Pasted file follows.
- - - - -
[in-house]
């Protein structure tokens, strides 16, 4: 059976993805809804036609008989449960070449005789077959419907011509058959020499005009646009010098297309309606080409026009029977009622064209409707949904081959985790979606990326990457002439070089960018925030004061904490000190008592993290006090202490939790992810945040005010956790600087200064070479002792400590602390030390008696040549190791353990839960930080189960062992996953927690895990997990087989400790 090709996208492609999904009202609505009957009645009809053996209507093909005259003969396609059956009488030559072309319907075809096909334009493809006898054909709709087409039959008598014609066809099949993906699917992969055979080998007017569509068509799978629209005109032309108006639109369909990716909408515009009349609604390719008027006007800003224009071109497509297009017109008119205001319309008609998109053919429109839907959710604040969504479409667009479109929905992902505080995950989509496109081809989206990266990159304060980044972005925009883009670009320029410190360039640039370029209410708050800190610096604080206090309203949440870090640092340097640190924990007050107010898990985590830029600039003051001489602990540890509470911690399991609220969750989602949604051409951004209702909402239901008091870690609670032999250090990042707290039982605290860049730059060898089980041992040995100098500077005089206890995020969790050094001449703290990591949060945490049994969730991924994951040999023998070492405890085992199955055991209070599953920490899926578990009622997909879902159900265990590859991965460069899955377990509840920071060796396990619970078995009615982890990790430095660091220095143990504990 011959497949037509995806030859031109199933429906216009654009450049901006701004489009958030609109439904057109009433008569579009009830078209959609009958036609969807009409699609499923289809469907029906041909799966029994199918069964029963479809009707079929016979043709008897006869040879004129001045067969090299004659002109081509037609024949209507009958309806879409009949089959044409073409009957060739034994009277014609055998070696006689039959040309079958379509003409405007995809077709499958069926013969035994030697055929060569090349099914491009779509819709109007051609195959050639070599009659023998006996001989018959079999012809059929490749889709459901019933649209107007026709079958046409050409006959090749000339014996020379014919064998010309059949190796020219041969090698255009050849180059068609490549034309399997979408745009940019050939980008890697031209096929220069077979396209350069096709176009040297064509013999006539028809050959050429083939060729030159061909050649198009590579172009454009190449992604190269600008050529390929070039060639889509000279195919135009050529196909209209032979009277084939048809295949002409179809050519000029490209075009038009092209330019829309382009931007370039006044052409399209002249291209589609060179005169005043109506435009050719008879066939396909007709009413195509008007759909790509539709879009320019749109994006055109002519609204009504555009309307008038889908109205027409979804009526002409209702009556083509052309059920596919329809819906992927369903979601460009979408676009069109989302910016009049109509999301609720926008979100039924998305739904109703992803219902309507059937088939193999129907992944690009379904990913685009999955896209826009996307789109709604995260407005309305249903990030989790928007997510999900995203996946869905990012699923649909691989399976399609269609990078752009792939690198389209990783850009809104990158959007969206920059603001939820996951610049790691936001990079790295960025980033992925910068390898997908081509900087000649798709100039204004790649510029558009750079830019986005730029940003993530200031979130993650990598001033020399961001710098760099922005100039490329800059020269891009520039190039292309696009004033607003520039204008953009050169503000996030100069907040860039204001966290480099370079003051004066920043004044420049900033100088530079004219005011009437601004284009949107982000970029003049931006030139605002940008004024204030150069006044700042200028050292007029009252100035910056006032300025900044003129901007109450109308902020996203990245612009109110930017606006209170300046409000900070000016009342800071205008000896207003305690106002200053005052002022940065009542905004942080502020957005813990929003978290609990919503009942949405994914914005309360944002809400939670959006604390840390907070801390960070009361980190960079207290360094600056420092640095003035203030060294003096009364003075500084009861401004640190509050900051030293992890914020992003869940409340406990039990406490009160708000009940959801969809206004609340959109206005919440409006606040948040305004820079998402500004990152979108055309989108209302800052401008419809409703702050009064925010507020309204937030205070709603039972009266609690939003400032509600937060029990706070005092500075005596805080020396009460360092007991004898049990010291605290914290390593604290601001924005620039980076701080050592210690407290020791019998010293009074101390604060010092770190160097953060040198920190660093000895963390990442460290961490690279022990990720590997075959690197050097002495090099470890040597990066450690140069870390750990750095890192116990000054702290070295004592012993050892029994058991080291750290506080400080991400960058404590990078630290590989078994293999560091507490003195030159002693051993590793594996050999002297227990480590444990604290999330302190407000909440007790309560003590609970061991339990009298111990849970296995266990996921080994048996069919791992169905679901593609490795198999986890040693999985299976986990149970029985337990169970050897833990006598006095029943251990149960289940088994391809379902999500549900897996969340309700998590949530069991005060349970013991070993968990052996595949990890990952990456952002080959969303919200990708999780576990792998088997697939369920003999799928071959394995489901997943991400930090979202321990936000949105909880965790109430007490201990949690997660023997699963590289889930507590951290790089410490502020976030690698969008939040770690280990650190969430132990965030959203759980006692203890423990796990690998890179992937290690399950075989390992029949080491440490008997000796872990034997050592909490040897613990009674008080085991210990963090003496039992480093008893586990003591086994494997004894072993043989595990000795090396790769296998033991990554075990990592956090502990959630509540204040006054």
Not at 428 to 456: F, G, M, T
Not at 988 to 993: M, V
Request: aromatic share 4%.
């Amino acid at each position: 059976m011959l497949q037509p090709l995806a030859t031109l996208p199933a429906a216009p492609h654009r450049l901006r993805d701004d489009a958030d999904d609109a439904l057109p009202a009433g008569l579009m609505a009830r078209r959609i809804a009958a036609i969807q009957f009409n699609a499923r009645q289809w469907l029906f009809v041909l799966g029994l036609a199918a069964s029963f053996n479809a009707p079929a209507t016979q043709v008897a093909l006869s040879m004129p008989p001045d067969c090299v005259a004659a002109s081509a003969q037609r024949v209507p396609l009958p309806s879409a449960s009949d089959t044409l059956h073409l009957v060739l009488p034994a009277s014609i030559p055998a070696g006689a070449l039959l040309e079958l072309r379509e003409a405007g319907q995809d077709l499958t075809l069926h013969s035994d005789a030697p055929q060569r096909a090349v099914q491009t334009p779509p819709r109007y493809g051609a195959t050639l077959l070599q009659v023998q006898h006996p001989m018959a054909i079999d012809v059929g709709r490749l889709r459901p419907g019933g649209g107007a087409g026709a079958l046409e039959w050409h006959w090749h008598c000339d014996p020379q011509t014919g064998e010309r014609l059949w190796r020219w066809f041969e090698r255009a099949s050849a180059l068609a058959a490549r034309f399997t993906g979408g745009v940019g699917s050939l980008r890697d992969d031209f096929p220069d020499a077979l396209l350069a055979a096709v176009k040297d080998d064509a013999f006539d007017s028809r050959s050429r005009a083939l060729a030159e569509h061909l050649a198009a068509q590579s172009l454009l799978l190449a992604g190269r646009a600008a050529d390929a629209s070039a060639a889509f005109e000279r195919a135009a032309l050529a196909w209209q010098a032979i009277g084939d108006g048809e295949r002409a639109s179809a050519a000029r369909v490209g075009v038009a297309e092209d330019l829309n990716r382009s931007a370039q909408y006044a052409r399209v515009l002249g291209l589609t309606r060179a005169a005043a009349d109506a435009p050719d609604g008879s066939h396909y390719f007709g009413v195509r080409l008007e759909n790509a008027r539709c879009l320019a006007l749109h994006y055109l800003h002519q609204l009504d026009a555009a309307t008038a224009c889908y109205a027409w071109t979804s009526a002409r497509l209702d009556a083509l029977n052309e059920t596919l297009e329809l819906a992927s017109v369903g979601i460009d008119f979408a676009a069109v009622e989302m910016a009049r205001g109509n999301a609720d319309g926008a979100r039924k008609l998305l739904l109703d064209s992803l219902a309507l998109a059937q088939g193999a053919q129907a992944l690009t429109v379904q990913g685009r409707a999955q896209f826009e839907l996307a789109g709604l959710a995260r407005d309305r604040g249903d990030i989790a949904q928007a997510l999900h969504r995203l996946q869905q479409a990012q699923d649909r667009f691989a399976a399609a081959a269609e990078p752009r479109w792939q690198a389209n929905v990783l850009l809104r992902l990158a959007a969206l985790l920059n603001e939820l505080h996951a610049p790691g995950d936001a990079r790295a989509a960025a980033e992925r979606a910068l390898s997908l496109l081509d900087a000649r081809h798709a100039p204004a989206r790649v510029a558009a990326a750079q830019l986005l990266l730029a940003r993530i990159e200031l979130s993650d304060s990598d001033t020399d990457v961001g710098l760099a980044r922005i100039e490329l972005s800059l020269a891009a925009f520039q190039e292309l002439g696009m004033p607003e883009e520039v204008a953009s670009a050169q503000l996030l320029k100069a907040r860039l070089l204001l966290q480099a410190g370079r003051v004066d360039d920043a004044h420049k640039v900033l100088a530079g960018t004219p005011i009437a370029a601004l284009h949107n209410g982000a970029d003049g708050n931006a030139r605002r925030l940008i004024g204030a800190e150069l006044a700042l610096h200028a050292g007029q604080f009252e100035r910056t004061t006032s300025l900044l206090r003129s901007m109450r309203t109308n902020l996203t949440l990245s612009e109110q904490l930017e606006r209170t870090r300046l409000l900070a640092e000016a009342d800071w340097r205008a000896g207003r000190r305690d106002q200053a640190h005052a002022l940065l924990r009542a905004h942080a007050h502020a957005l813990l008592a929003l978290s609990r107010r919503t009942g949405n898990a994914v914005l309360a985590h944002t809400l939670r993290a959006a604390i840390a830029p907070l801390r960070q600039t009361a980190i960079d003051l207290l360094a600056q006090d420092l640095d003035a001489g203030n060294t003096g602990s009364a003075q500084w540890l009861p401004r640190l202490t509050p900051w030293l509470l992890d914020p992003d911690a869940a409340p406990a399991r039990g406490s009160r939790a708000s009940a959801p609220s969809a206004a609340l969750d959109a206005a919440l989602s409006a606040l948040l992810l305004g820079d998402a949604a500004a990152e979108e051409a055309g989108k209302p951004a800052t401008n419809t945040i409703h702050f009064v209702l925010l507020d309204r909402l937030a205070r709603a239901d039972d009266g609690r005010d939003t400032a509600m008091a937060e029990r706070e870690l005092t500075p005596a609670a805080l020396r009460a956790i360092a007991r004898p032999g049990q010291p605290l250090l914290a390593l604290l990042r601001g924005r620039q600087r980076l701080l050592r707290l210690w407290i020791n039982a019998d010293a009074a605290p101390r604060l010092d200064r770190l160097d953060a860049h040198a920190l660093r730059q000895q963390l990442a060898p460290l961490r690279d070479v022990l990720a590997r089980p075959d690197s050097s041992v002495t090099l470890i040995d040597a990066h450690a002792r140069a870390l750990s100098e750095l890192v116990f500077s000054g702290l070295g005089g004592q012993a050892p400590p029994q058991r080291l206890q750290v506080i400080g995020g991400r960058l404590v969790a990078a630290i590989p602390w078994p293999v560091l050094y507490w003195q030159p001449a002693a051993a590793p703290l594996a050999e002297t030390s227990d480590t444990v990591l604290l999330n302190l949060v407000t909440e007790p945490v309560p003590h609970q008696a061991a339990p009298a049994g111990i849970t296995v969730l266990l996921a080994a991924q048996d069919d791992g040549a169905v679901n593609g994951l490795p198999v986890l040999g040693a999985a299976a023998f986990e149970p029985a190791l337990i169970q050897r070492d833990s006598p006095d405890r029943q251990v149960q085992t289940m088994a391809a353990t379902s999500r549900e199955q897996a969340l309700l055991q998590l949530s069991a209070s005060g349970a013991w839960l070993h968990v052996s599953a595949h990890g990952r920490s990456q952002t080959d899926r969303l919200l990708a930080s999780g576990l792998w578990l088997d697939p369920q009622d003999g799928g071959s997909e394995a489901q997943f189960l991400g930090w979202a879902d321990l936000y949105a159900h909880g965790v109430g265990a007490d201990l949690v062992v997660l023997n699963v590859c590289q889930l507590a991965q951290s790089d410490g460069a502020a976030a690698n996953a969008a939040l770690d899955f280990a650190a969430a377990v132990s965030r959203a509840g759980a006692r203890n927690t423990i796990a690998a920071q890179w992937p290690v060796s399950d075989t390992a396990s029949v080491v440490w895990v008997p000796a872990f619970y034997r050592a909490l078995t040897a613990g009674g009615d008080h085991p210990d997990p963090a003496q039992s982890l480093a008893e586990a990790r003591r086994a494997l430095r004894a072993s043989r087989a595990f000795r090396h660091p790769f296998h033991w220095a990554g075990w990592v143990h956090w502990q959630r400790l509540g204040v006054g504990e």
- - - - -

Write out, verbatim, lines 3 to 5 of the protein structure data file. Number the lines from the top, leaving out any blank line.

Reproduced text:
Not at 428 to 456: F, G, M, T
Not at 988 to 993: M, V
Request: aromatic share 4%.